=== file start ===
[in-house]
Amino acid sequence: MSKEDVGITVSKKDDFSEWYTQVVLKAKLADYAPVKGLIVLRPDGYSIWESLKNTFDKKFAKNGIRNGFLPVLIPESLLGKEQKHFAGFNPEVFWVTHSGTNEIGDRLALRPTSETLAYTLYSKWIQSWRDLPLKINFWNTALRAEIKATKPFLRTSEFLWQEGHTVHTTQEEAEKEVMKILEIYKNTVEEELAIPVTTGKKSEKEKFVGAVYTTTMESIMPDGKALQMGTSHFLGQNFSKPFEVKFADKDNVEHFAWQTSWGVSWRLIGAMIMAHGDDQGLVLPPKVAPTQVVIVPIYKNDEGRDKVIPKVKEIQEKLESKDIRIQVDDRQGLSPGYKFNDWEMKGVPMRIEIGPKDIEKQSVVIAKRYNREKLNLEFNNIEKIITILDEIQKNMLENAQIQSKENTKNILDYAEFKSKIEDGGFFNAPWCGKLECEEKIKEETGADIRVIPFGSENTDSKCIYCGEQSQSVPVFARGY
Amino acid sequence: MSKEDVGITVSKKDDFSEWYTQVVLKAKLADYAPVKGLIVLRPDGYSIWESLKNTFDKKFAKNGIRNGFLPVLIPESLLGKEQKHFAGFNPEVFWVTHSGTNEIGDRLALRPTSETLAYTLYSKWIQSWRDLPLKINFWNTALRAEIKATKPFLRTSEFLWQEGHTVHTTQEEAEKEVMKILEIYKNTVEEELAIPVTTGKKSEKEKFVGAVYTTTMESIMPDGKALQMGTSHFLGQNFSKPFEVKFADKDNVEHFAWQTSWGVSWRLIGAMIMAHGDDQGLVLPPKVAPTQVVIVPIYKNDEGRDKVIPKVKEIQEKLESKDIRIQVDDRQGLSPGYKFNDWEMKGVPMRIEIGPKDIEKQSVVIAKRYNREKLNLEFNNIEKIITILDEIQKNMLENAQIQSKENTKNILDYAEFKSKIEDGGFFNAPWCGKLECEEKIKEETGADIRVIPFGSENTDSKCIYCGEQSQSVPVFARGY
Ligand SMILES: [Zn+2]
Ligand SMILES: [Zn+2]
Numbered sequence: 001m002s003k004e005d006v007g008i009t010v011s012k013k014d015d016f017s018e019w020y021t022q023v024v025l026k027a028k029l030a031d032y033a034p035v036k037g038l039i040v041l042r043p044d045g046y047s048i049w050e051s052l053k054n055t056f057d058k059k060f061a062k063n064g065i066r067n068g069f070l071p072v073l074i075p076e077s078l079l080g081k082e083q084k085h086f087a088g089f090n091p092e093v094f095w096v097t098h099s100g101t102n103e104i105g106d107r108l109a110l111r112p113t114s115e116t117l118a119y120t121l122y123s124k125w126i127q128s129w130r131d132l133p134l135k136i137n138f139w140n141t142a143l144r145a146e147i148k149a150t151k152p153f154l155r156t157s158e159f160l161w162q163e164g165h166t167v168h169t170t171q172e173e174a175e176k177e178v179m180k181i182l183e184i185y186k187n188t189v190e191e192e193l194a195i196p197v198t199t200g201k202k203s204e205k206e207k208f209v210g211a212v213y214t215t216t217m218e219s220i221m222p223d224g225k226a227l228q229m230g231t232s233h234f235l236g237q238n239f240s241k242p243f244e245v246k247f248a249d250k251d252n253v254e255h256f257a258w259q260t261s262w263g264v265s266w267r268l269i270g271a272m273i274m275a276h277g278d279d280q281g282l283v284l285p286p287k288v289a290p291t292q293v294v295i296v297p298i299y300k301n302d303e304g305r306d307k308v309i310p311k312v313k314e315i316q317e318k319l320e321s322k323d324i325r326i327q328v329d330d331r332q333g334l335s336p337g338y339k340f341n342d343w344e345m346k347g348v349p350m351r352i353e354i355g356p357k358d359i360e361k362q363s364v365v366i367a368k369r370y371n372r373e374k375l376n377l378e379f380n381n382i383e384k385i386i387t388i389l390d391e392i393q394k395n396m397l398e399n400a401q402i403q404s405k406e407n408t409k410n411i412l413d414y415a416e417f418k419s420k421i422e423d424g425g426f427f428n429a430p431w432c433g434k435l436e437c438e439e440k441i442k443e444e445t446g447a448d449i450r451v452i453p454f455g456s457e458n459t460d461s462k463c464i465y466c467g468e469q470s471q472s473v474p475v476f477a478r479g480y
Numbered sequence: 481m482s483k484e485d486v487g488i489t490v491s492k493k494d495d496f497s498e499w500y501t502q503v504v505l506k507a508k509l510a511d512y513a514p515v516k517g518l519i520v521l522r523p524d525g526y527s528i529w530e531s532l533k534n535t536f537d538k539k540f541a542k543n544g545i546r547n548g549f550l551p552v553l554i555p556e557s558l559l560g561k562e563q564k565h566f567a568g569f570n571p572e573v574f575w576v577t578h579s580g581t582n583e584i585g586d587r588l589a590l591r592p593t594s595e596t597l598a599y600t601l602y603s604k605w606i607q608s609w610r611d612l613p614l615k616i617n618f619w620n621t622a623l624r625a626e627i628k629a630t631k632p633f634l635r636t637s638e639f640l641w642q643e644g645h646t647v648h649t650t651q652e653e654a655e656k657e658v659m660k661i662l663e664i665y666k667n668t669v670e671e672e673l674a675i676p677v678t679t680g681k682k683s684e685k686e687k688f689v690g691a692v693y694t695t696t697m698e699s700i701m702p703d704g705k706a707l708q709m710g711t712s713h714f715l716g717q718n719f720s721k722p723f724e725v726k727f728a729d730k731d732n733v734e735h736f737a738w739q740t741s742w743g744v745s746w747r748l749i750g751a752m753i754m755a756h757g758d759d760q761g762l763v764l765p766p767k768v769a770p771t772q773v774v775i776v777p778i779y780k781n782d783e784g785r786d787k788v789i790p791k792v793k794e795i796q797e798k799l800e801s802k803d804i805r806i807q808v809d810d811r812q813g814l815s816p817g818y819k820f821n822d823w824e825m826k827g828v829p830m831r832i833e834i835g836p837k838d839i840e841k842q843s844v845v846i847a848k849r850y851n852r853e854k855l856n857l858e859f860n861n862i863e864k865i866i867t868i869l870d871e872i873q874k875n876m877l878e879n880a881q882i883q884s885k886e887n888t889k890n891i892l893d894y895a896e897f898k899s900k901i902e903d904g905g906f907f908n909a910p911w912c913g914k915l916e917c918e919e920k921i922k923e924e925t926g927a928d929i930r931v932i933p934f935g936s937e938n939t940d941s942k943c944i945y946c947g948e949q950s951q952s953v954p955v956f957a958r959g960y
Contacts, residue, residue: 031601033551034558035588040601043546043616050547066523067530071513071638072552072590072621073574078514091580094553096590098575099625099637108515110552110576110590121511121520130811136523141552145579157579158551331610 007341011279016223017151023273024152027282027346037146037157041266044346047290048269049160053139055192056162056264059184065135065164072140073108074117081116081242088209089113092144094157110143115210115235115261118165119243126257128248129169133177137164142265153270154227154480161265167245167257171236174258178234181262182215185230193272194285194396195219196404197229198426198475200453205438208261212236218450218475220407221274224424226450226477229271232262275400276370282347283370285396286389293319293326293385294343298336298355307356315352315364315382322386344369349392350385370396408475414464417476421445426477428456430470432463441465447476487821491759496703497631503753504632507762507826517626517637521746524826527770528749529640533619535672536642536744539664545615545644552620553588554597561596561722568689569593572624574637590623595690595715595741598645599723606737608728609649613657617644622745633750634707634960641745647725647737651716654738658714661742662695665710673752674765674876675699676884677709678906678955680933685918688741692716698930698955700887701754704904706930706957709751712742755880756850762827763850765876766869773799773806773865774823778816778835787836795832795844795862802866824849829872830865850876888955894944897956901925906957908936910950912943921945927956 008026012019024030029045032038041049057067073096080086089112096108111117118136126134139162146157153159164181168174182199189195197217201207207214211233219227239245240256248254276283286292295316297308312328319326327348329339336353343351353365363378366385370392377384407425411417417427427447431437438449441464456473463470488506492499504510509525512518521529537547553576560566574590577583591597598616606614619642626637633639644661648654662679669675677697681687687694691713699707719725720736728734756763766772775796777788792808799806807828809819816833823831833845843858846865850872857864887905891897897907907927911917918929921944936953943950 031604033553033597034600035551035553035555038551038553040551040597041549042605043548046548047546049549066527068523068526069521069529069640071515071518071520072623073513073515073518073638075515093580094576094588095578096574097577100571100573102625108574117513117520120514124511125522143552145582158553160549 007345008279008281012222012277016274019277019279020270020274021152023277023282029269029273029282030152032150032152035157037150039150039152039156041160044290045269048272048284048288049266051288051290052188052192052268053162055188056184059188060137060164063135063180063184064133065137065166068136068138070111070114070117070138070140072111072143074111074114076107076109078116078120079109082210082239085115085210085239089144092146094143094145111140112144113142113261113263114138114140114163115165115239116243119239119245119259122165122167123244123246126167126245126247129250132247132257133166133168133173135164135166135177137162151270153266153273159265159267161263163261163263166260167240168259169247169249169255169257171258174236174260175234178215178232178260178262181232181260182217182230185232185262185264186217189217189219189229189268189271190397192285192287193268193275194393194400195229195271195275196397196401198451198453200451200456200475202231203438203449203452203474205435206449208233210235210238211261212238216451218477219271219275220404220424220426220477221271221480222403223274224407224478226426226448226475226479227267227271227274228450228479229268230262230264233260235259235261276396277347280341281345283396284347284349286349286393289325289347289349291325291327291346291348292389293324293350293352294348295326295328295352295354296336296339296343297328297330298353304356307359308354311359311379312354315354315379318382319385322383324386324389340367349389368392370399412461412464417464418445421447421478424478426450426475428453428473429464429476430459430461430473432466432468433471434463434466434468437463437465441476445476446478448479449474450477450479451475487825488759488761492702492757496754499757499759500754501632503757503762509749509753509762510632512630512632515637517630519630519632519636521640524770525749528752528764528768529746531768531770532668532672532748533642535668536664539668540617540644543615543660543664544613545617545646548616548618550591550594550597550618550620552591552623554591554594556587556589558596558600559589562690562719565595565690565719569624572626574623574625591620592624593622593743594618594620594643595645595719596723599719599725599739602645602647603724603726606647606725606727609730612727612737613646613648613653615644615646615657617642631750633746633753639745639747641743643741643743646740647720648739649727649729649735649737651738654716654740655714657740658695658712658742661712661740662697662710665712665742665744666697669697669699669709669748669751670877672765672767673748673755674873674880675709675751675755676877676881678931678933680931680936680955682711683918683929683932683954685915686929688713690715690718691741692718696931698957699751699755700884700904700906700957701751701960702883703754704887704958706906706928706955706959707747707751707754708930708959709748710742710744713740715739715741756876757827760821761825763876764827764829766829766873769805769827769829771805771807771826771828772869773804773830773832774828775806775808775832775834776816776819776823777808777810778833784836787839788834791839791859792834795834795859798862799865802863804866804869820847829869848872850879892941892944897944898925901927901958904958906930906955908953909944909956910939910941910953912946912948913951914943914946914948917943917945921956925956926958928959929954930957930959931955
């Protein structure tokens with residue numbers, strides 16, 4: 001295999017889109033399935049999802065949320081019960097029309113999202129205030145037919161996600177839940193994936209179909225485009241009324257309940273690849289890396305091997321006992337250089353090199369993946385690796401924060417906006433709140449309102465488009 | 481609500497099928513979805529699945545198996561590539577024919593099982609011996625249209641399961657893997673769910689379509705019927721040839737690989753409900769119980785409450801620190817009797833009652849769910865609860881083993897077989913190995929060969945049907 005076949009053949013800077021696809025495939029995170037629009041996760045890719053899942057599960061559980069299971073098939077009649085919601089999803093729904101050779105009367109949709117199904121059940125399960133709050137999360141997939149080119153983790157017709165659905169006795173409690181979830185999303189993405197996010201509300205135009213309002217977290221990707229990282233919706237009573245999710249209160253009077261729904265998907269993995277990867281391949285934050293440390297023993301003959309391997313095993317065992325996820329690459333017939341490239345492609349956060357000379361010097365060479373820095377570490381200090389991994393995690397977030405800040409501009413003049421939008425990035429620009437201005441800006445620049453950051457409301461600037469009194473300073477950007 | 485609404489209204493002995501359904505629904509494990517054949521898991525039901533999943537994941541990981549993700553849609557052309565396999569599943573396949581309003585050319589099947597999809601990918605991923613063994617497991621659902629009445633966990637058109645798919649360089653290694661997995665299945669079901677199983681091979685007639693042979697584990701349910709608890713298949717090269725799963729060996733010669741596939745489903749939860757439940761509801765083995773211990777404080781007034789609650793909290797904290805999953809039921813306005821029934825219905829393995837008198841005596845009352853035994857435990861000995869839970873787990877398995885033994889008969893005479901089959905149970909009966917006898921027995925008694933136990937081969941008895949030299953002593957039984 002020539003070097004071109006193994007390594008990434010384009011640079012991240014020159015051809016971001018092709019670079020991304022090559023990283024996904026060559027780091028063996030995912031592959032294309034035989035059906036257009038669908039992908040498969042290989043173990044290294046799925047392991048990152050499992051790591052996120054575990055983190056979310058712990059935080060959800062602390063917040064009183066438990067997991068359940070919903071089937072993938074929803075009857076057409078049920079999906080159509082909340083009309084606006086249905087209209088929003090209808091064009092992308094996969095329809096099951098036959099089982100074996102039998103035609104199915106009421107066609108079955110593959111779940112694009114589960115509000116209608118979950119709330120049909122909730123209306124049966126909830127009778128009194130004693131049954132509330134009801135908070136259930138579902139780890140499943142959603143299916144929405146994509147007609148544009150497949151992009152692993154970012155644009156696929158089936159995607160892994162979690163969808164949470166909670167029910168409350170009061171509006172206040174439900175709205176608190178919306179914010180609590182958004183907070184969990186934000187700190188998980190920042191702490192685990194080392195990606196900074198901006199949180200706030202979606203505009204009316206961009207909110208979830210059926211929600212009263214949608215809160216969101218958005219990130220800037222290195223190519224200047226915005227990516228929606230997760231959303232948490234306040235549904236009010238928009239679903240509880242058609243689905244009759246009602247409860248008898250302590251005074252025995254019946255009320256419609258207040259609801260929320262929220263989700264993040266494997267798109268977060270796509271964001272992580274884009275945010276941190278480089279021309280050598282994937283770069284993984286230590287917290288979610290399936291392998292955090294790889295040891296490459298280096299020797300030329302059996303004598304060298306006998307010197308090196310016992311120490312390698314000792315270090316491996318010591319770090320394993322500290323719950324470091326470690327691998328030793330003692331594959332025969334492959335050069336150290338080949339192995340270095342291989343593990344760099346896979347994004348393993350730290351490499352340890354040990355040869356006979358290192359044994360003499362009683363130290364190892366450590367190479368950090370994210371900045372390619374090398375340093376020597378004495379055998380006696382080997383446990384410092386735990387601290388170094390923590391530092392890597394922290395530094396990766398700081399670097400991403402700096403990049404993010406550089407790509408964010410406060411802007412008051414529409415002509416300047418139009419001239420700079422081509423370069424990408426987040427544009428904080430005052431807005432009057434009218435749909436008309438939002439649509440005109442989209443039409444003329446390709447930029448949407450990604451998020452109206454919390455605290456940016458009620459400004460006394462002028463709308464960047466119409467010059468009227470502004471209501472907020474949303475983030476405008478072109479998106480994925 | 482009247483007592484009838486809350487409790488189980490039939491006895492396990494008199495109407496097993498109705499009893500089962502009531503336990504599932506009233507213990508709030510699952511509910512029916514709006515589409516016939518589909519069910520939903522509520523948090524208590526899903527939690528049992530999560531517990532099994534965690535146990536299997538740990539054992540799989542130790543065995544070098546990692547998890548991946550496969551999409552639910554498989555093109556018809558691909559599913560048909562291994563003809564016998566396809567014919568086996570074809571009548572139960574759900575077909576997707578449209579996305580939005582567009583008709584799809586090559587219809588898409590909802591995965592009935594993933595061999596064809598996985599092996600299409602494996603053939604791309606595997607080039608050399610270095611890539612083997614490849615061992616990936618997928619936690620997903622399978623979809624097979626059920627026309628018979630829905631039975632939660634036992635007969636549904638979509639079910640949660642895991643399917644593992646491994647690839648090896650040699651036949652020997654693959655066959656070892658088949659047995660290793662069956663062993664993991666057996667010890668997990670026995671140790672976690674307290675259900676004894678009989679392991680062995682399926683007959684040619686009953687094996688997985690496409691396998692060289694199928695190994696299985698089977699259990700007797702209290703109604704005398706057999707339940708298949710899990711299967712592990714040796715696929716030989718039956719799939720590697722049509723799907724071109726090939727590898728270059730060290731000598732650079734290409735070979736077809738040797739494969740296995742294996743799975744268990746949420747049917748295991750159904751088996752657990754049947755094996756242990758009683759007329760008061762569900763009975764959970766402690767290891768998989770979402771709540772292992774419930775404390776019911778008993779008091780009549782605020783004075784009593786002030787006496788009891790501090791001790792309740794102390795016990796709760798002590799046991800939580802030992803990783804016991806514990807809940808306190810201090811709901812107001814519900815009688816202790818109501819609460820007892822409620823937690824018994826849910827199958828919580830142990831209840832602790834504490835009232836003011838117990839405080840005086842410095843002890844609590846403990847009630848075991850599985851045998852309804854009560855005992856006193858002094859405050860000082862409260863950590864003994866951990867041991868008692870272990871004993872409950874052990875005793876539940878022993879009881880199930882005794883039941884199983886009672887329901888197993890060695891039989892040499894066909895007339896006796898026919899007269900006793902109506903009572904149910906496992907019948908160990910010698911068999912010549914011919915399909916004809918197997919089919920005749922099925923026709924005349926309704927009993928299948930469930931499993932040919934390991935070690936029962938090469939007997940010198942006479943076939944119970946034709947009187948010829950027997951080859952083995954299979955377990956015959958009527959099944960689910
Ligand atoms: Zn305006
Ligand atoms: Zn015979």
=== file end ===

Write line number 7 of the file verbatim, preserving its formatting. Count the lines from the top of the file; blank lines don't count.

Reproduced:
Numbered sequence: 481m482s483k484e485d486v487g488i489t490v491s492k493k494d495d496f497s498e499w500y501t502q503v504v505l506k507a508k509l510a511d512y513a514p515v516k517g518l519i520v521l522r523p524d525g526y527s528i529w530e531s532l533k534n535t536f537d538k539k540f541a542k543n544g545i546r547n548g549f550l551p552v553l554i555p556e557s558l559l560g561k562e563q564k565h566f567a568g569f570n571p572e573v574f575w576v577t578h579s580g581t582n583e584i585g586d587r588l589a590l591r592p593t594s595e596t597l598a599y600t601l602y603s604k605w606i607q608s609w610r611d612l613p614l615k616i617n618f619w620n621t622a623l624r625a626e627i628k629a630t631k632p633f634l635r636t637s638e639f640l641w642q643e644g645h646t647v648h649t650t651q652e653e654a655e656k657e658v659m660k661i662l663e664i665y666k667n668t669v670e671e672e673l674a675i676p677v678t679t680g681k682k683s684e685k686e687k688f689v690g691a692v693y694t695t696t697m698e699s700i701m702p703d704g705k706a707l708q709m710g711t712s713h714f715l716g717q718n719f720s721k722p723f724e725v726k727f728a729d730k731d732n733v734e735h736f737a738w739q740t741s742w743g744v745s746w747r748l749i750g751a752m753i754m755a756h757g758d759d760q761g762l763v764l765p766p767k768v769a770p771t772q773v774v775i776v777p778i779y780k781n782d783e784g785r786d787k788v789i790p791k792v793k794e795i796q797e798k799l800e801s802k803d804i805r806i807q808v809d810d811r812q813g814l815s816p817g818y819k820f821n822d823w824e825m826k827g828v829p830m831r832i833e834i835g836p837k838d839i840e841k842q843s844v845v846i847a848k849r850y851n852r853e854k855l856n857l858e859f860n861n862i863e864k865i866i867t868i869l870d871e872i873q874k875n876m877l878e879n880a881q882i883q884s885k886e887n888t889k890n891i892l893d894y895a896e897f898k899s900k901i902e903d904g905g906f907f908n909a910p911w912c913g914k915l916e917c918e919e920k921i922k923e924e925t926g927a928d929i930r931v932i933p934f935g936s937e938n939t940d941s942k943c944i945y946c947g948e949q950s951q952s953v954p955v956f957a958r959g960y